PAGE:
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Anybody have a fix for improving the VS pedal without having to remove the entire pedal cluster.  The Youtube videos I have seen appear to want you to lift a large section of the carpet, hate to screw that up on a virtually new car.  Got and installed one of the EMPI kits but it is not much better than the VS, probably the same.  The action also seems rough, like the cable is rubbing.


Any ideas will be appreciated.  Thanks

Original Post

There is a guy that makes a great accelerator pedal improvement/replacement and i had it saved, but the hard drive crashed in this thing 2 weeks ago and I have to get back to our IT guy to find out if the Favorites file (as well as a few other things) is recoverable. IIrc he advertised on the Samba, so have a look there. If I get bored later I may have a look as well. Al

PS- It's the 1 that Brian (above me) posted. Thanks dude!

Last edited by ALB

The base of the accelerator pedal is part of the base casting of the entire pedal assembly, so you will retain that half of the accelerator hinge no matter what you do unless you replace the entire pedal structure (clutch, brake and accelerator).  

Yes, you have to lift the tunnel carpet from the firewall to just before the shifter on the tunnel, and the carpet in the driver's footwell.  It's not a big deal and goes right back without further adhesive (usually).

What, exactly, do you not like with your current accelerator?  That might help us to help you.

Last edited by Gordon Nichols

After you check the items mentioned by Al, you could check in the engine compartment the cable/throttle tube/linkage return springs.

if the stock throttle tube is worn, the braided cable will catch on the sharp edge, eventually snapping.   

I replaced the stoc tube with the attached, and it made a difference...


Also something worth checking is the tension on the return springs on your linkage/carbs assembly.

When I got my VS back in 2013, the springs were much stronger than needed. They applied to much tension on the cable, and the pedal was sticky/ it bound at times ( as it caught on the throttle tube).  I replaced with softer springs, and it made a world of difference... unfortunately by the time I did, I had already worn the edge of my throttle cable tube...  so I replaced with the above roller throttle tube.  All works great now.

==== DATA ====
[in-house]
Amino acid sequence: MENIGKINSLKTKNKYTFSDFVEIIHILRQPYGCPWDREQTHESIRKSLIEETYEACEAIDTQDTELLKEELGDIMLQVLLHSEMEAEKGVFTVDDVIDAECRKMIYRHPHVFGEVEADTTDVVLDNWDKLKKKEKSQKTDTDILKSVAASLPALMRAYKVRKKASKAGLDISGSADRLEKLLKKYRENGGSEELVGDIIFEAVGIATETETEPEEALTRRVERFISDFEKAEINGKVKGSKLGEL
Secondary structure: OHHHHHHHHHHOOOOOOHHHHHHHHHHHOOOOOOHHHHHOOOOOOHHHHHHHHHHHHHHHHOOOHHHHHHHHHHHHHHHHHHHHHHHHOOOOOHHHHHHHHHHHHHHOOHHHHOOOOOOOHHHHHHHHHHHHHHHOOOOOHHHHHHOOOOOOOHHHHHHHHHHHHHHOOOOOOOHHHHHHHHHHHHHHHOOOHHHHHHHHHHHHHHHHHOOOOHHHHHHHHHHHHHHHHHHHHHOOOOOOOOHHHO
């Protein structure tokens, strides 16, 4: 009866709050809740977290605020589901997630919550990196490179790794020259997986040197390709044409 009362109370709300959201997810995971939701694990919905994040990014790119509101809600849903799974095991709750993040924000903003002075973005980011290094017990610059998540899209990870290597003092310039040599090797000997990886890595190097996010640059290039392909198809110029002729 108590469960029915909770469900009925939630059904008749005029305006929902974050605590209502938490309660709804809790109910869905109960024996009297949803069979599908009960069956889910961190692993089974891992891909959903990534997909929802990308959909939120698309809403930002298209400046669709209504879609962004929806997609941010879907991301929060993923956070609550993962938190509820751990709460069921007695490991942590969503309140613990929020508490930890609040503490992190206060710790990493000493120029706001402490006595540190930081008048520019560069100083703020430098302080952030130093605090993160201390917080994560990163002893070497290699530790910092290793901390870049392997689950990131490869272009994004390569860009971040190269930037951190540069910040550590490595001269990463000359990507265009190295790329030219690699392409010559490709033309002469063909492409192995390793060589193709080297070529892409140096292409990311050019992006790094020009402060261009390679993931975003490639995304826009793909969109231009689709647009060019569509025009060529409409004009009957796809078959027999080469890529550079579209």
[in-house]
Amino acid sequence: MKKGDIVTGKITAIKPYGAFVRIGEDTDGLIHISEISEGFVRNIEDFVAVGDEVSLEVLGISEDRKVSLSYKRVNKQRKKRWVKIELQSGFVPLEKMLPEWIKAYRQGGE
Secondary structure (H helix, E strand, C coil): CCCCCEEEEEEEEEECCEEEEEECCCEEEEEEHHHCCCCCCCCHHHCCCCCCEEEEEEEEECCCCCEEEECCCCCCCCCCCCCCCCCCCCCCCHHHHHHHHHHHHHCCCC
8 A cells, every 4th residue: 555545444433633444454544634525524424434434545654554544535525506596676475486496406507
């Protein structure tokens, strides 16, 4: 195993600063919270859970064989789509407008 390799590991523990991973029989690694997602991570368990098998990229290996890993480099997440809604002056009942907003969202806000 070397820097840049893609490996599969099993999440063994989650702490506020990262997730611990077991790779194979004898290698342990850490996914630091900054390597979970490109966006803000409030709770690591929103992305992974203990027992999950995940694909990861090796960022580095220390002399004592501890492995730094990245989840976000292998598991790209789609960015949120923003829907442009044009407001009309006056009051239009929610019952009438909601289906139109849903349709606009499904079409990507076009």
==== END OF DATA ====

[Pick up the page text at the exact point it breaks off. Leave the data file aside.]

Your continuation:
I ran a simple test back then by using a wire, & reducing tension from the return springs on the linkage assembly .  See attached photo.  The change in pedal resistance/consistency was immediate.  Pedal no longer stuck.  May be worth testing...


Hope this helps!


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Last edited by Lfepardo

I've recently run in to accelerator pedal issues on my VS similar to what apparently (from a search of this site) plenty of other folks have complained about as well: the little 'fin' on the back of my accelerator pedal was riding to the left of, and subsequently binding on, the OEM cheap plastic roller behind it resulting in a very stiff and difficult accelerator operation.

I'd like to offer an easy solution that I am considering to be temporary (I am going to replace my pedal cluster this winter), but I think could be used longer term.

After doing a little sniffing around on this site I decided that as a temporary fix I would simply try to 're-align' the accelerator pedal by adjusting (read: bending) the fin on the back of the pedal. Within just a moment and with minimal effort, SNAP - instead of bending at all, the damn thing broke right off.